New moon comes on February 26 at 14:58 UTC. Translate to your time zone. This new moon will cause an eclipse of the sun, which would be a total eclipse if the moon were close enough to Earth in its orbit to cover the sun completely. Alas, it is not, and the eclipse is only annular. That is, at mid-eclipse, an outer edge of the sun will appear in a ring around the moon. The eclipse will be viewed from Earth’s Southern Hemisphere. Click here for eclipse times and more.
What will the rest of us see? On the day of any new moon, unless we’re viewing an eclipse, we can’t see the moon with the eye alone for several reasons. First, at new moon, the moon rises when the sun rises. It sets when the sun sets. It crosses the sky with the sun during the day.
A new moon is too close to the sun’s glare to be visible with the eye. It’s only as the moon moves in orbit, as its lighted hemisphere begins to come into view from Earth, that we can see it in our sky. Then we see the moon in the west after sunset as a slim waxing crescent – what some call a young moon.
If the moon always passed directly between the sun and Earth at new moon, a solar eclipse would take place every month. But that doesn’t happen every month. Instead, in most months, the moon passes above or below the sun as seen from our earthly vantage point.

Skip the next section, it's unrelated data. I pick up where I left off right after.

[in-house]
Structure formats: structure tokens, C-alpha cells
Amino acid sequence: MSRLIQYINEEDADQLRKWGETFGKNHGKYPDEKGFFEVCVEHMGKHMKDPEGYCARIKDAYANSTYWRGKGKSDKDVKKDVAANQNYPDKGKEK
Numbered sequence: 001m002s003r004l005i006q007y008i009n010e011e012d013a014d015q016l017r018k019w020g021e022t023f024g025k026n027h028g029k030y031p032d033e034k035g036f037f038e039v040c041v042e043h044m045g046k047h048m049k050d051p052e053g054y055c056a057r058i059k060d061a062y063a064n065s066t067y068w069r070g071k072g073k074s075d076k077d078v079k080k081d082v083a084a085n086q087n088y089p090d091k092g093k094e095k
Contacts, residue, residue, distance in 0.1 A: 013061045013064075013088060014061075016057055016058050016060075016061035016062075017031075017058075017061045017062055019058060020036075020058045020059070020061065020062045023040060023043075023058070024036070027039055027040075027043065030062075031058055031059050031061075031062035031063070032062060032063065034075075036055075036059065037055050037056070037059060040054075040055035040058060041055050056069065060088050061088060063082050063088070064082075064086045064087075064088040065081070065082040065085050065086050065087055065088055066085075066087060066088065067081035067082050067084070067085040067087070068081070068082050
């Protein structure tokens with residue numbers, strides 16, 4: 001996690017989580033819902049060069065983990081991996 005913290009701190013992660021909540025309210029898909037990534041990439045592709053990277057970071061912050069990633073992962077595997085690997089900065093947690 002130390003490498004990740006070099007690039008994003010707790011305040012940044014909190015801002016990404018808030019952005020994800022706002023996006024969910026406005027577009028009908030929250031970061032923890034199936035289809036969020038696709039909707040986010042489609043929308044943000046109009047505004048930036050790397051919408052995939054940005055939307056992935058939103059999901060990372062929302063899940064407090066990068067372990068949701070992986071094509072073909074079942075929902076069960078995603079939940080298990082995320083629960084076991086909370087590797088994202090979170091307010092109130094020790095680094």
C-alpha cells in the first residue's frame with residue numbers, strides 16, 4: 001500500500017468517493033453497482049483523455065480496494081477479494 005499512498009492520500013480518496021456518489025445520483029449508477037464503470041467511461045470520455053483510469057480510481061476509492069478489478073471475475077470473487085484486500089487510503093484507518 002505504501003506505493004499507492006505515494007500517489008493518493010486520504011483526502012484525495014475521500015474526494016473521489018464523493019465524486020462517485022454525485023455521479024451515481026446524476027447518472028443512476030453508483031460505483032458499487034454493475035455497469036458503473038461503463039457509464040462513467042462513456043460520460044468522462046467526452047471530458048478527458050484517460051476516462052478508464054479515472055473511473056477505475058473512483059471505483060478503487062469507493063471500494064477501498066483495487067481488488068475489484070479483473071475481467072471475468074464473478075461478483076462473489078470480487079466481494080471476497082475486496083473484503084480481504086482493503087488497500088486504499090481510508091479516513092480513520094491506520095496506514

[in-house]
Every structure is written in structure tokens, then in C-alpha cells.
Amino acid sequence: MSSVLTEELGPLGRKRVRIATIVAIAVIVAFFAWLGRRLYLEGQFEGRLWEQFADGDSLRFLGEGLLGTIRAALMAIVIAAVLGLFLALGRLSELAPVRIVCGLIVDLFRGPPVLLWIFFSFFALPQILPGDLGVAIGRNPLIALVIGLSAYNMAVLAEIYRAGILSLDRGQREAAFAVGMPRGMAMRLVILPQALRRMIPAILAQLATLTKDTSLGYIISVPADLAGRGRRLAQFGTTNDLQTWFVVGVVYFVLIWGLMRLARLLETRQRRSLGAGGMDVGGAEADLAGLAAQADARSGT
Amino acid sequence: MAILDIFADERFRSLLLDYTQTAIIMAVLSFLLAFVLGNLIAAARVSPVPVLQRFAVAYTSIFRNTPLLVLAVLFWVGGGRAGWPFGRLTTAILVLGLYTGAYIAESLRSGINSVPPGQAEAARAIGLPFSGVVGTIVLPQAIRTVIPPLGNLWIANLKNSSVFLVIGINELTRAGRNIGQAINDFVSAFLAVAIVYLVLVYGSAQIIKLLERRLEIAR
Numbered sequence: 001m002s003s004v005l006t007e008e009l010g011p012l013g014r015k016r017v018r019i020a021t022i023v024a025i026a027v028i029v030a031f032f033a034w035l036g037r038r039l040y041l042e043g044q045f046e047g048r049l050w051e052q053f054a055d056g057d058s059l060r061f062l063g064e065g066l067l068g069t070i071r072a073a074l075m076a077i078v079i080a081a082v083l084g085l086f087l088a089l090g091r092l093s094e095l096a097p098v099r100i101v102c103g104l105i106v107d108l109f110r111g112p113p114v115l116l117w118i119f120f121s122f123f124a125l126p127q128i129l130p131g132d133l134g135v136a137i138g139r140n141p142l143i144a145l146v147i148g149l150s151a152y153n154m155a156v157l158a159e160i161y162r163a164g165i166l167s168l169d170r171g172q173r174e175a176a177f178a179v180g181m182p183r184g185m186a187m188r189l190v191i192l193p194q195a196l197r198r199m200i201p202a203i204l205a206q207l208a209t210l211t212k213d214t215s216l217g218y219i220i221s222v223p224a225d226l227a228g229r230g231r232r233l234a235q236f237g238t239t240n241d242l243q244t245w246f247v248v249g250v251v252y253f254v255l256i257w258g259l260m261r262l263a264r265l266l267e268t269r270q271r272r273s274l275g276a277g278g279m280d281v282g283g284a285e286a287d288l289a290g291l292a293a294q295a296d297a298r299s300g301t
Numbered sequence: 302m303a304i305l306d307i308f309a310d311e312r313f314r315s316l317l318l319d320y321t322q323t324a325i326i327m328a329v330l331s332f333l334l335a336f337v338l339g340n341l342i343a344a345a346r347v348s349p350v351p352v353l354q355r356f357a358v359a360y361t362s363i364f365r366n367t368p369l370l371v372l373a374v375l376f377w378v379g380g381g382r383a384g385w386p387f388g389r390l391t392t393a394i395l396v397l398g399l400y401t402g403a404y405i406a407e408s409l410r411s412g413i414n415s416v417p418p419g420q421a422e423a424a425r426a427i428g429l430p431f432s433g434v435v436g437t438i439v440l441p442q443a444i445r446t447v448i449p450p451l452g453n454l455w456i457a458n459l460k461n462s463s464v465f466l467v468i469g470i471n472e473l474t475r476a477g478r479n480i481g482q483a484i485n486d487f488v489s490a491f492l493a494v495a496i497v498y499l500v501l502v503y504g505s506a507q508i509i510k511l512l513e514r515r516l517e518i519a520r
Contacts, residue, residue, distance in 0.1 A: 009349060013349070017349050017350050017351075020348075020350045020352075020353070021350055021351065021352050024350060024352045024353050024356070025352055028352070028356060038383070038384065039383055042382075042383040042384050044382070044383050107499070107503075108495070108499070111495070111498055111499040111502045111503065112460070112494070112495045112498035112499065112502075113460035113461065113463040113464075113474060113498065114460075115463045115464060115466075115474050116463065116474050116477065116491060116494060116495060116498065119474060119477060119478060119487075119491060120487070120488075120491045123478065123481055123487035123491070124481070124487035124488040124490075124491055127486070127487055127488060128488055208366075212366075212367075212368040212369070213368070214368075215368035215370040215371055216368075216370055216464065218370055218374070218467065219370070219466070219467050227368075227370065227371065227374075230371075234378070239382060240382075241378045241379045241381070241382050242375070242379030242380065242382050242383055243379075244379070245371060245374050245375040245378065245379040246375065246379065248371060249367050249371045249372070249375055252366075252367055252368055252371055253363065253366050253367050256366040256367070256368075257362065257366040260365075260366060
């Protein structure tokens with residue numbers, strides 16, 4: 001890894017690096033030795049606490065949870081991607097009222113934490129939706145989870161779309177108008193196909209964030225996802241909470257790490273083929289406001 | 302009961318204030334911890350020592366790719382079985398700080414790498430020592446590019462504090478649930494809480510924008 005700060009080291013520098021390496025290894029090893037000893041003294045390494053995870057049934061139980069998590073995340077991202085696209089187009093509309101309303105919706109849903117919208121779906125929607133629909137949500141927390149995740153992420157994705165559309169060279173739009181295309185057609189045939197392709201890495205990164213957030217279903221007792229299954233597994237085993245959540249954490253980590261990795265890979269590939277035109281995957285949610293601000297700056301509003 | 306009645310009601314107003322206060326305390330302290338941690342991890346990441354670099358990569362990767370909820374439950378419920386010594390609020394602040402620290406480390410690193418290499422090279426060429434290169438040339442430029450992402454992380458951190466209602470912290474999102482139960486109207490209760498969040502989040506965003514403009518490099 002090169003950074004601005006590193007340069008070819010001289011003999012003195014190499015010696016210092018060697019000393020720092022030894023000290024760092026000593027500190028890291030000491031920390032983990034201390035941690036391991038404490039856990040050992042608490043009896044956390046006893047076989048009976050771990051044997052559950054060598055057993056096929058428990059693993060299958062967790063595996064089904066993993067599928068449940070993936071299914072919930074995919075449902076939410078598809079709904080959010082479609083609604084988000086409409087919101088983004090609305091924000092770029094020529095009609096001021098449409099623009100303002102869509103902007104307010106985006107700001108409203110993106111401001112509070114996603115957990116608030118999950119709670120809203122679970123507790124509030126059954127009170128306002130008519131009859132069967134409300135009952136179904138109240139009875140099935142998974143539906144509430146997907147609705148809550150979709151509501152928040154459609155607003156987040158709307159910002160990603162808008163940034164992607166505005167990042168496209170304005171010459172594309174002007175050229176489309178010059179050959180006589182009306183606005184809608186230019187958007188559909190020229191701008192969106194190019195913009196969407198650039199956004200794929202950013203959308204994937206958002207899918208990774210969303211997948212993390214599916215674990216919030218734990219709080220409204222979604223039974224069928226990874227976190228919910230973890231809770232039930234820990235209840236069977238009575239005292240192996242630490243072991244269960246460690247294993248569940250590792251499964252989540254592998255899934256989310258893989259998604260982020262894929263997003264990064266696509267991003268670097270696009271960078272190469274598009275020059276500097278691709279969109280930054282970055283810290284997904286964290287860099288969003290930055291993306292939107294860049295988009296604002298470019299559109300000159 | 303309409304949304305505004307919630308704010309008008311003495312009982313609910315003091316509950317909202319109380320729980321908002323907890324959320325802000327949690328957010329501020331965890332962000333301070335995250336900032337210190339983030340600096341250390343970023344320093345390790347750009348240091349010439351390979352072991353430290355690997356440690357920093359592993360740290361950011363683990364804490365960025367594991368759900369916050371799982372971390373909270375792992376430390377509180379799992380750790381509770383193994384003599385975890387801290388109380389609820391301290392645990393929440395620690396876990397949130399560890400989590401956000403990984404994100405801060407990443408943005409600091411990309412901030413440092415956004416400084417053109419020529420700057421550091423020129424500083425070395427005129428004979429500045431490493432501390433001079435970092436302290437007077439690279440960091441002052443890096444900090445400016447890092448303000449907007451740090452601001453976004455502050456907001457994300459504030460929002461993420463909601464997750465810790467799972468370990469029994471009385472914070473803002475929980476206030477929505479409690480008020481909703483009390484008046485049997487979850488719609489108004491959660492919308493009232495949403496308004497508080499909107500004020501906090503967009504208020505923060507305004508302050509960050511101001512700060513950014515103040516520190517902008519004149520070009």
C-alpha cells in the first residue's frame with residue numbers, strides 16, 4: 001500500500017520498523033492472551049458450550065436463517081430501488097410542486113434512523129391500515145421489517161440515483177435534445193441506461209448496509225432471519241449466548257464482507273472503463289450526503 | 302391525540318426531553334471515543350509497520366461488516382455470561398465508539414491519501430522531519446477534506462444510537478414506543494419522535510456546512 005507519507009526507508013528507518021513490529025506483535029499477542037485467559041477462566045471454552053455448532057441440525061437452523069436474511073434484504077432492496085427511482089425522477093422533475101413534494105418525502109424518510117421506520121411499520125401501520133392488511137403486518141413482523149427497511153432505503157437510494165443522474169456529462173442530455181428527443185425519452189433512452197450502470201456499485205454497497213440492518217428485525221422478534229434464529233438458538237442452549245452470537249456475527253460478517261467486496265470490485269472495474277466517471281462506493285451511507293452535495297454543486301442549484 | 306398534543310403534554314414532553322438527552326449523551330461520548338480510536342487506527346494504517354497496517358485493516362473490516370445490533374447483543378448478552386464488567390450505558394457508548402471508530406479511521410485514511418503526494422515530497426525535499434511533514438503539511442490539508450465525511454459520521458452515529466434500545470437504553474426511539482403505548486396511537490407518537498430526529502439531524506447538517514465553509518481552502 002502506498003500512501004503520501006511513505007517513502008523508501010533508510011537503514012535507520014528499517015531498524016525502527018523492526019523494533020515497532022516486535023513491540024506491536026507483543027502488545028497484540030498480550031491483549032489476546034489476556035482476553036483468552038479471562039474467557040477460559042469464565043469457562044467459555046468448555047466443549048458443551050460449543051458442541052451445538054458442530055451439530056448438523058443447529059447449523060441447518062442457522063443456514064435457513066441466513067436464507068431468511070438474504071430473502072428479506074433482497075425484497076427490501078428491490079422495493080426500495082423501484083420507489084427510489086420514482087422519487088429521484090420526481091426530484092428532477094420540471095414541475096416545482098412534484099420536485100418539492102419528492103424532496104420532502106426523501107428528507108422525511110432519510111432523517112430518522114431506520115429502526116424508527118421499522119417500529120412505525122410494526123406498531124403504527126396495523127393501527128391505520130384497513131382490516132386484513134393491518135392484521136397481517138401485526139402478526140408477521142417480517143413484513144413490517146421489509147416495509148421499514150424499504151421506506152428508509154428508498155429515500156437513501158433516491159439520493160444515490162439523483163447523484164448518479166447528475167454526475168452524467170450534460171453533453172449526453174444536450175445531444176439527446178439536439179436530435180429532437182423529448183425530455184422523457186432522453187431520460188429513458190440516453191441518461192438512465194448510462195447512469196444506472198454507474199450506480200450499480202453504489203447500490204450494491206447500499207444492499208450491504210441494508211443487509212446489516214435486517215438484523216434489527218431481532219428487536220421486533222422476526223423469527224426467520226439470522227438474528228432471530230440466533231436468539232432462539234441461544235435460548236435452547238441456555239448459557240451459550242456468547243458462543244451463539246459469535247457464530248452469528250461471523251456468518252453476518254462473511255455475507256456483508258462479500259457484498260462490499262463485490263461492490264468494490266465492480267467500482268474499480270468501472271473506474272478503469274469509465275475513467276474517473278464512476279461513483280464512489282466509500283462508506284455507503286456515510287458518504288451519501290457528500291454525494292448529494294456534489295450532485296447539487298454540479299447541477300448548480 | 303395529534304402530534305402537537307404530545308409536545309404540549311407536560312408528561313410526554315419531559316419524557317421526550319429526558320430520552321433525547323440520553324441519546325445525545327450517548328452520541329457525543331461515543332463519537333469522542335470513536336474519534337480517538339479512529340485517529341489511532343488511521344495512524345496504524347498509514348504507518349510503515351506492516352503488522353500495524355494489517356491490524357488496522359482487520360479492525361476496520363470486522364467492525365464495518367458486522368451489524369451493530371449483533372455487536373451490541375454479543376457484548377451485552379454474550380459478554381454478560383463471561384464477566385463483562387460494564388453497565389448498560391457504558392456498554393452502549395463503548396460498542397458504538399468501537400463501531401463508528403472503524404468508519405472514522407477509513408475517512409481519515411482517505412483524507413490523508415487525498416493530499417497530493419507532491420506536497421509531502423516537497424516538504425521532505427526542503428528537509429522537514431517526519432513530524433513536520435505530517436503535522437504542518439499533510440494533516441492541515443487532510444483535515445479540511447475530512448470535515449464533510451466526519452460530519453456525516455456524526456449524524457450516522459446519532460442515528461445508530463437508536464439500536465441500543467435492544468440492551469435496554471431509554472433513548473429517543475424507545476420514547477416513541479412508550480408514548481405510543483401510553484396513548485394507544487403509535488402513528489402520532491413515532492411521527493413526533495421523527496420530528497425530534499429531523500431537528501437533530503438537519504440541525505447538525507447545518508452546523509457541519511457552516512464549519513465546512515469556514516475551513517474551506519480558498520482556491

2017’s second solar eclipse will take place on August 21, exactly six lunar or synodic months (new moons) after the February 26 solar eclipse. This six-month eclipse cycle is called the semester, by the way.
Modern techniques – telescopes, filters, photography – have made it possible to see the moon even at the instant of new moon. That’s the case with Thierry Legault’s image, below, which he acquired in 2013. Read more about that image here.
As the moon orbits Earth, it changes phase in an orderly way. Follow these links to understand the various phases of the moon.
Where’s the moon? Waxing crescent
Where’s the moon? First quarter
Where’s the moon? Waxing gibbous
What’s special about a full moon?
Where’s the moon? Waning gibbous
Where’s the moon? Last quarter
Where’s the moon? Waning crescent
Where’s the moon? New phase
Deborah Byrd created the EarthSky radio series in 1991 and EarthSky.org in 1994. Today, she serves as Editor-in-Chief of this website. She has won a galaxy of awards from the broadcasting and science communities, including having an asteroid named 3505 Byrd in her honor. A science communicator and educator since 1976, Byrd believes in science as a force for good in the world and a vital tool for the 21st century. "Being an EarthSky editor is like hosting a big global party for cool nature-lovers," she says.